Despite the fact that Wesley’s a mechanic, he has uncanny skills with a gun. Once again, much like many horror and sci-fi media, the protagonist is an everyman who learns how to survive through sheer adrenaline and luck. It’s a great way to make the audience feel some sort of connection to the character, but that connection is lost when said character seems innately talented with all manner of overpowered weaponry. Wesley falls into this category hook, line and sinker.
As Wesley moves deeper into the base, the creatures that he’s fighting against seem to be growing larger. He moves through mazes of body-filled rooms and past corridors slicked with blood, all on a quest to discover what the aliens are and why they’re attacking. Along the way, Wesley’s guided by a sequential lineup of gruff military officers, who boss him around as he moves through the base kicking alien hiney and turning essential systems back on. The character is given little opportunity to voice his own opinions and no one seems to feature any sort of development.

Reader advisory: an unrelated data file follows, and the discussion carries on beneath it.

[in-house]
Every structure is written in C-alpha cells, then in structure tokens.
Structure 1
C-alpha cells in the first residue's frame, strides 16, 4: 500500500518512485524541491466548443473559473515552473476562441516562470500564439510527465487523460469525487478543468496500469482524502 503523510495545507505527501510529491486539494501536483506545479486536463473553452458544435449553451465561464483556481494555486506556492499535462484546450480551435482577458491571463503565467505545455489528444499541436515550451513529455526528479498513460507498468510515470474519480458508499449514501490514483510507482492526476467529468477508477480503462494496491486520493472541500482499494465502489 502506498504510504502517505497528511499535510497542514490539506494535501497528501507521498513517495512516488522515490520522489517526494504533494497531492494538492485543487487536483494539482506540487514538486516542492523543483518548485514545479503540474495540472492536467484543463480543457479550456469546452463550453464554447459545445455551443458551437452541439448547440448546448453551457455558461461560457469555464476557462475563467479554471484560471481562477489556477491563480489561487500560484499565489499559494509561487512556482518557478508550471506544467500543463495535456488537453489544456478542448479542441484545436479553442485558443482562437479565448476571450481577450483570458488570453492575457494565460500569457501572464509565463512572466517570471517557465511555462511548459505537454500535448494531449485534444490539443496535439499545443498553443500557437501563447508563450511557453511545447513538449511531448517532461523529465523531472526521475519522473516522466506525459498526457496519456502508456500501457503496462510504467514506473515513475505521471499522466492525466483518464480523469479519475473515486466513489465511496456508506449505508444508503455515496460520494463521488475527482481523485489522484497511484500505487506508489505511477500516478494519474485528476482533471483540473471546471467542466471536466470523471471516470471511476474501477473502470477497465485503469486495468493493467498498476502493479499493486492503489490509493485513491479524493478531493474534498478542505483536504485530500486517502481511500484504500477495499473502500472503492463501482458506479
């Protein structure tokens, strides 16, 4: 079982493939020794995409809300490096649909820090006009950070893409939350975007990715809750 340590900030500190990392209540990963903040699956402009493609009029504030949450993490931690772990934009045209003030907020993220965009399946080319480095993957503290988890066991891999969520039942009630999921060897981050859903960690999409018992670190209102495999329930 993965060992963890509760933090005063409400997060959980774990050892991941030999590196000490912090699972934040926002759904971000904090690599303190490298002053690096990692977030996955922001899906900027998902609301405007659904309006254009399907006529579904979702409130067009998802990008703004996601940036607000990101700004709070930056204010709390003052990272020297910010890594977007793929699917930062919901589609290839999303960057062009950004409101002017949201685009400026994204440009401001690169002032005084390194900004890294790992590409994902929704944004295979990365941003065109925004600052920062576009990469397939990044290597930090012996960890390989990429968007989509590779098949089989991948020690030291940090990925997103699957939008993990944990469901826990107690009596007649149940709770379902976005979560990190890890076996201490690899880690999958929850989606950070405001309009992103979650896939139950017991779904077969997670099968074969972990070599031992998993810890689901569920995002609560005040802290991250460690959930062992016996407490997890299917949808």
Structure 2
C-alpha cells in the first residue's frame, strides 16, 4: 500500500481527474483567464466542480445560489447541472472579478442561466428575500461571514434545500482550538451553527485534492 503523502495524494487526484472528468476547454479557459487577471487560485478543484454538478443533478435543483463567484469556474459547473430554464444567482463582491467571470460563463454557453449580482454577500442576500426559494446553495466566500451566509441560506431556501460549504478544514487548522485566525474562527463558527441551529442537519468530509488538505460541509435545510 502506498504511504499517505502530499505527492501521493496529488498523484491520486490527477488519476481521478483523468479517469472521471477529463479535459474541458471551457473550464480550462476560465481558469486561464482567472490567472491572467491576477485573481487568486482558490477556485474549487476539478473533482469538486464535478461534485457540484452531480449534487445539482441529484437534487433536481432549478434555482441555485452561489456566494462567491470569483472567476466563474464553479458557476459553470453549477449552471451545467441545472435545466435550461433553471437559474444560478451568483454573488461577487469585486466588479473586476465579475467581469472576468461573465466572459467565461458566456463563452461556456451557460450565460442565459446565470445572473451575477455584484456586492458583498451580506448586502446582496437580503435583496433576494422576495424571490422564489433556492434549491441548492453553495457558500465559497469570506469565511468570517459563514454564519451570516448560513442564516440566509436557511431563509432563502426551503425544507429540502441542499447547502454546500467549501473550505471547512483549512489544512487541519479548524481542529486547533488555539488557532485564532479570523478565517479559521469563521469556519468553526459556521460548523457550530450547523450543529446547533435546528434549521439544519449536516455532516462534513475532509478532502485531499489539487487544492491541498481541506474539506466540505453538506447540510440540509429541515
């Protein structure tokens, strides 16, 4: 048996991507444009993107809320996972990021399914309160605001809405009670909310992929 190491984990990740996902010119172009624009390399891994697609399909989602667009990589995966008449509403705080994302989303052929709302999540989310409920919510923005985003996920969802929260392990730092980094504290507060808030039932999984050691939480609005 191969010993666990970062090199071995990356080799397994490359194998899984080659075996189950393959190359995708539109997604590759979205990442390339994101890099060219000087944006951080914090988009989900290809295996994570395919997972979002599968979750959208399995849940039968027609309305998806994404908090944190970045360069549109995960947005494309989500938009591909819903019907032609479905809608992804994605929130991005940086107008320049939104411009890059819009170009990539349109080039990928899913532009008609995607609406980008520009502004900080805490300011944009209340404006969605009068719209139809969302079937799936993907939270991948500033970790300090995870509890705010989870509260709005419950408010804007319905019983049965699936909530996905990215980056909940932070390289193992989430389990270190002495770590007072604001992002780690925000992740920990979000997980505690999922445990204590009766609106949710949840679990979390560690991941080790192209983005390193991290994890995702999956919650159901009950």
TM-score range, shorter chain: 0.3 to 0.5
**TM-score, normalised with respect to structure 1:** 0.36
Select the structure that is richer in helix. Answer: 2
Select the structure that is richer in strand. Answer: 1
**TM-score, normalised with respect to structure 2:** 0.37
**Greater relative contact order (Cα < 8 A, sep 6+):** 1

It’s a shame that there’s no character development to be had in Shadowgrounds, because there’s little else in the game to save the cast for the player. For starters, the voice acting in this game is awful. Everyone delivers their dialogue with either the faintest hint of interest or the most painfully forced of fake terror. There is no middle ground in Shadowgrounds; everyone either sounds too bored or too crazed. Wesley himself is voiced with no enthusiasm and is fazed by nothing. Wesley is voiced by Chad, the chief dude at the computer support center, who responds to every request with “No problem man. I got this, bro.”